Suppression of basal autophagy in neural cells causes neurodegenerative disease in mice

Taichi Hara, Kenji Nakamura, Makoto Matsui, Akitsugu Yamamoto, Yohko Nakahara, Rika Suzuki-Migishima, Minesuke Yokoyama, Kenji Mishima, Ichiro Saito, Hideyuki Okano, Noboru Mizushima

Research output: Contribution to journalArticle

2407 Citations (Scopus)

Abstract

Autophagy is an intracellular bulk degradation process through which a portion of the cytoplasm is delivered to lysosomes to be degraded. Although the primary role of autophagy in many organisms is in adaptation to starvation, autophagy is also thought to be important for normal turnover of cytoplasmic contents, particularly in quiescent cells such as neurons. Autophagy may have a protective role against the development of a number of neurodegenerative diseases. Here we report that loss of autophagy causes neurodegeneration even in the absence of any disease-associated mutant proteins. Mice deficient for Atg5 (autophagy-related 5) specifically in neural cells develop progressive deficits in motor function that are accompanied by the accumulation of cytoplasmic inclusion bodies in neurons. In Atg5-/- cells, diffuse, abnormal intracellular proteins accumulate, and then form aggregates and inclusions. These results suggest that the continuous clearance of diffuse cytosolic proteins through basal autophagy is important for preventing the accumulation of abnormal proteins, which can disrupt neural function and ultimately lead to neurodegeneration.

Original languageEnglish
Pages (from-to)885-889
Number of pages5
JournalNature
Volume441
Issue number7095
DOIs
Publication statusPublished - 2006 Jun 15
Externally publishedYes

Fingerprint

Autophagy
Neurodegenerative Diseases
Inclusion Bodies
Neurons
Proteins
Mutant Proteins
Starvation
Lysosomes
Cytoplasm

ASJC Scopus subject areas

  • General

Cite this

Hara, T., Nakamura, K., Matsui, M., Yamamoto, A., Nakahara, Y., Suzuki-Migishima, R., ... Mizushima, N. (2006). Suppression of basal autophagy in neural cells causes neurodegenerative disease in mice. Nature, 441(7095), 885-889. https://doi.org/10.1038/nature04724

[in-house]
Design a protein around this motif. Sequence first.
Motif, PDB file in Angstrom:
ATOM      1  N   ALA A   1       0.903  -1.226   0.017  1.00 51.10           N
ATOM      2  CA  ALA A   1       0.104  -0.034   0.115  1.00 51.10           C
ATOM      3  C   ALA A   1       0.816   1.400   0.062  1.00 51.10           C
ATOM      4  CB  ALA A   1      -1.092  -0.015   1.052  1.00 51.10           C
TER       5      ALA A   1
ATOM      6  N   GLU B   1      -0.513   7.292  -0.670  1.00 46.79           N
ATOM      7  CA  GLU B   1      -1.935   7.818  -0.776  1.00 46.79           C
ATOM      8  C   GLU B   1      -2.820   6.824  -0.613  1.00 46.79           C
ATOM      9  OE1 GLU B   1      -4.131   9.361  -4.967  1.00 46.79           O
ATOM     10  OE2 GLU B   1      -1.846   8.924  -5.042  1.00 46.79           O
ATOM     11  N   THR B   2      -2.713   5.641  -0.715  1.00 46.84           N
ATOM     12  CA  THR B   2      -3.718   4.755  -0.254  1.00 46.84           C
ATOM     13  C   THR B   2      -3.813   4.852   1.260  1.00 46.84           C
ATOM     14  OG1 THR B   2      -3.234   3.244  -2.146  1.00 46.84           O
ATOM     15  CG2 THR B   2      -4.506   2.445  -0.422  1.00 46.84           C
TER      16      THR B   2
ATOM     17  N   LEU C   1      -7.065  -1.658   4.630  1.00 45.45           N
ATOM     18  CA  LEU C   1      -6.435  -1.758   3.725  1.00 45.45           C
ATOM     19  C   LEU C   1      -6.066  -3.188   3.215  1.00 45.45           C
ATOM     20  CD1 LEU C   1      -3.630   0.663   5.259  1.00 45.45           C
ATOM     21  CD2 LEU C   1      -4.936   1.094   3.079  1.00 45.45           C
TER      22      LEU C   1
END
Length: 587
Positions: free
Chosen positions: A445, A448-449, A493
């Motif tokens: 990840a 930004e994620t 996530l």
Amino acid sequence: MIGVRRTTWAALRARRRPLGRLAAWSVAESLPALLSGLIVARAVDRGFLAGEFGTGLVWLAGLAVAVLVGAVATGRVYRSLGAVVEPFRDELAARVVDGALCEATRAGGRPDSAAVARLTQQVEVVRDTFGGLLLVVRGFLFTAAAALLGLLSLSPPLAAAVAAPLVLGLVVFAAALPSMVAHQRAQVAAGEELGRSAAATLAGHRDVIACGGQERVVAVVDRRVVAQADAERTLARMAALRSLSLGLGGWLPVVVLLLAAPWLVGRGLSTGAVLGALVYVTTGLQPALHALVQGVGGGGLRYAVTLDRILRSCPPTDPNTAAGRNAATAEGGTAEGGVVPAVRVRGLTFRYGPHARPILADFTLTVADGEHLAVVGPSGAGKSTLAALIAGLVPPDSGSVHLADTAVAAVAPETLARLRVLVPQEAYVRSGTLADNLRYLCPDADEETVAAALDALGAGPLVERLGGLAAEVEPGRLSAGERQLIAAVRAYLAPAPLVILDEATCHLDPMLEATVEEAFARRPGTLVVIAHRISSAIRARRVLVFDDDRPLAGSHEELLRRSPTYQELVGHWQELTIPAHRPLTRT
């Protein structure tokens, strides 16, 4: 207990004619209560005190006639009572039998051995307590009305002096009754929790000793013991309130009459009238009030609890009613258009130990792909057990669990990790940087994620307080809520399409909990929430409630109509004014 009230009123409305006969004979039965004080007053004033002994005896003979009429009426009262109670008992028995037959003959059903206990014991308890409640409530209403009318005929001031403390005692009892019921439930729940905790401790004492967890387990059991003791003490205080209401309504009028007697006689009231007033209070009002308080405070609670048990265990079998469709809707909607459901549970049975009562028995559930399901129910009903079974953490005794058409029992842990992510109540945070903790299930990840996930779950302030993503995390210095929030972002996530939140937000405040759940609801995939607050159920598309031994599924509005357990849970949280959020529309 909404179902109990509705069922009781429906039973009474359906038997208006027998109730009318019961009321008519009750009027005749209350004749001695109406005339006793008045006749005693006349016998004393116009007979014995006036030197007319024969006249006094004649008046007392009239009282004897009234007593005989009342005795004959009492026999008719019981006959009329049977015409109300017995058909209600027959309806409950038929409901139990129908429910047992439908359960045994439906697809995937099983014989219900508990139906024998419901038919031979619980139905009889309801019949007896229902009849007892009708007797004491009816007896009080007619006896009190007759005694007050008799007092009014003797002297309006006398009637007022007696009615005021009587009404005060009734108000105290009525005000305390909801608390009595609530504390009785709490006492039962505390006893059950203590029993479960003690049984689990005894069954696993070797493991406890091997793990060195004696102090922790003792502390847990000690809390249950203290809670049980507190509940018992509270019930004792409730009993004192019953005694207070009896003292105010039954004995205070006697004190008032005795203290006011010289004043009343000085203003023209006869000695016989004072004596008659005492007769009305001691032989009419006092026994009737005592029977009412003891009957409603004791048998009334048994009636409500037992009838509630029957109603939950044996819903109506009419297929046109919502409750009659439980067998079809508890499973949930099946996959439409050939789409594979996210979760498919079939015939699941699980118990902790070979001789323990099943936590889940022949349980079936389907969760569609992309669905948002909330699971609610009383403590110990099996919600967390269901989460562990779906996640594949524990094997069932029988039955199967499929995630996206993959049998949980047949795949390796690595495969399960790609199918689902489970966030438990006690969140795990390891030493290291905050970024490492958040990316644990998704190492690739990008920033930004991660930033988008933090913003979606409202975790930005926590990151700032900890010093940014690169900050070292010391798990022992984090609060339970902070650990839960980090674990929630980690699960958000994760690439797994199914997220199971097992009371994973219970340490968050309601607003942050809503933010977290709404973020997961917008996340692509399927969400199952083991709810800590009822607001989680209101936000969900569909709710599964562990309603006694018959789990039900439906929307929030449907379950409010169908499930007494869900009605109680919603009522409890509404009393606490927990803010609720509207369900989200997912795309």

Suppression of basal autophagy in neural cells causes neurodegenerative disease in mice. / Hara, Taichi; Nakamura, Kenji; Matsui, Makoto; Yamamoto, Akitsugu; Nakahara, Yohko; Suzuki-Migishima, Rika; Yokoyama, Minesuke; Mishima, Kenji; Saito, Ichiro; Okano, Hideyuki; Mizushima, Noboru.

In: Nature, Vol. 441, No. 7095, 15.06.2006, p. 885-889.

Research output: Contribution to journalArticle

Hara, T, Nakamura, K, Matsui, M, Yamamoto, A, Nakahara, Y, Suzuki-Migishima, R, Yokoyama, M, Mishima, K, Saito, I, Okano, H & Mizushima, N 2006, 'Suppression of basal autophagy in neural cells causes neurodegenerative disease in mice', Nature, vol. 441, no. 7095, pp. 885-889. https://doi.org/10.1038/nature04724
Hara T, Nakamura K, Matsui M, Yamamoto A, Nakahara Y, Suzuki-Migishima R et al. Suppression of basal autophagy in neural cells causes neurodegenerative disease in mice. Nature. 2006 Jun 15;441(7095):885-889. https://doi.org/10.1038/nature04724
Hara, Taichi ; Nakamura, Kenji ; Matsui, Makoto ; Yamamoto, Akitsugu ; Nakahara, Yohko ; Suzuki-Migishima, Rika ; Yokoyama, Minesuke ; Mishima, Kenji ; Saito, Ichiro ; Okano, Hideyuki ; Mizushima, Noboru. / Suppression of basal autophagy in neural cells causes neurodegenerative disease in mice. In: Nature. 2006 ; Vol. 441, No. 7095. pp. 885-889.
@article{0a582322ca02469b9f3ceecb11f834cb,
title = "Suppression of basal autophagy in neural cells causes neurodegenerative disease in mice",